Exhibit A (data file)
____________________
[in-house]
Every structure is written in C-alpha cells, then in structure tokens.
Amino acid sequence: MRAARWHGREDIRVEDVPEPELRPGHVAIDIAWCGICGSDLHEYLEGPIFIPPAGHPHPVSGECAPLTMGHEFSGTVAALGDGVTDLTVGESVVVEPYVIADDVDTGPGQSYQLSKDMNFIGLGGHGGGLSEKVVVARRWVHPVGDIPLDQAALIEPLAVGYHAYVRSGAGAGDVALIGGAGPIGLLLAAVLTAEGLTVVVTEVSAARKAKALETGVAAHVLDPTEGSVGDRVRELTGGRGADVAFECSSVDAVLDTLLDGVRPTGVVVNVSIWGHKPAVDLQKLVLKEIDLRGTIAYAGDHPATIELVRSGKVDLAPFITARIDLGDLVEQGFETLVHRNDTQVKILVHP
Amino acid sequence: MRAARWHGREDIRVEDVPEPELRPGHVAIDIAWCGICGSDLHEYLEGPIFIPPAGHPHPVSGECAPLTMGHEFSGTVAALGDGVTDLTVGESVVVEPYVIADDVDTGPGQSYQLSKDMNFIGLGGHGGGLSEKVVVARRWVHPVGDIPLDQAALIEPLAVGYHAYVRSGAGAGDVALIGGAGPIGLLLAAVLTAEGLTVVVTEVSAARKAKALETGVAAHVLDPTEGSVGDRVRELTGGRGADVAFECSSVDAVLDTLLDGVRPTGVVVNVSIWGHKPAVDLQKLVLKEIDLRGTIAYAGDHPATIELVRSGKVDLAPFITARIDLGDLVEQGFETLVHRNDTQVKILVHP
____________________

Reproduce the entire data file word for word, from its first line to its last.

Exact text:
[in-house]
Every structure is written in C-alpha cells, then in structure tokens.
Amino acid sequence: MRAARWHGREDIRVEDVPEPELRPGHVAIDIAWCGICGSDLHEYLEGPIFIPPAGHPHPVSGECAPLTMGHEFSGTVAALGDGVTDLTVGESVVVEPYVIADDVDTGPGQSYQLSKDMNFIGLGGHGGGLSEKVVVARRWVHPVGDIPLDQAALIEPLAVGYHAYVRSGAGAGDVALIGGAGPIGLLLAAVLTAEGLTVVVTEVSAARKAKALETGVAAHVLDPTEGSVGDRVRELTGGRGADVAFECSSVDAVLDTLLDGVRPTGVVVNVSIWGHKPAVDLQKLVLKEIDLRGTIAYAGDHPATIELVRSGKVDLAPFITARIDLGDLVEQGFETLVHRNDTQVKILVHP
Amino acid sequence: MRAARWHGREDIRVEDVPEPELRPGHVAIDIAWCGICGSDLHEYLEGPIFIPPAGHPHPVSGECAPLTMGHEFSGTVAALGDGVTDLTVGESVVVEPYVIADDVDTGPGQSYQLSKDMNFIGLGGHGGGLSEKVVVARRWVHPVGDIPLDQAALIEPLAVGYHAYVRSGAGAGDVALIGGAGPIGLLLAAVLTAEGLTVVVTEVSAARKAKALETGVAAHVLDPTEGSVGDRVRELTGGRGADVAFECSSVDAVLDTLLDGVRPTGVVVNVSIWGHKPAVDLQKLVLKEIDLRGTIAYAGDHPATIELVRSGKVDLAPFITARIDLGDLVEQGFETLVHRNDTQVKILVHP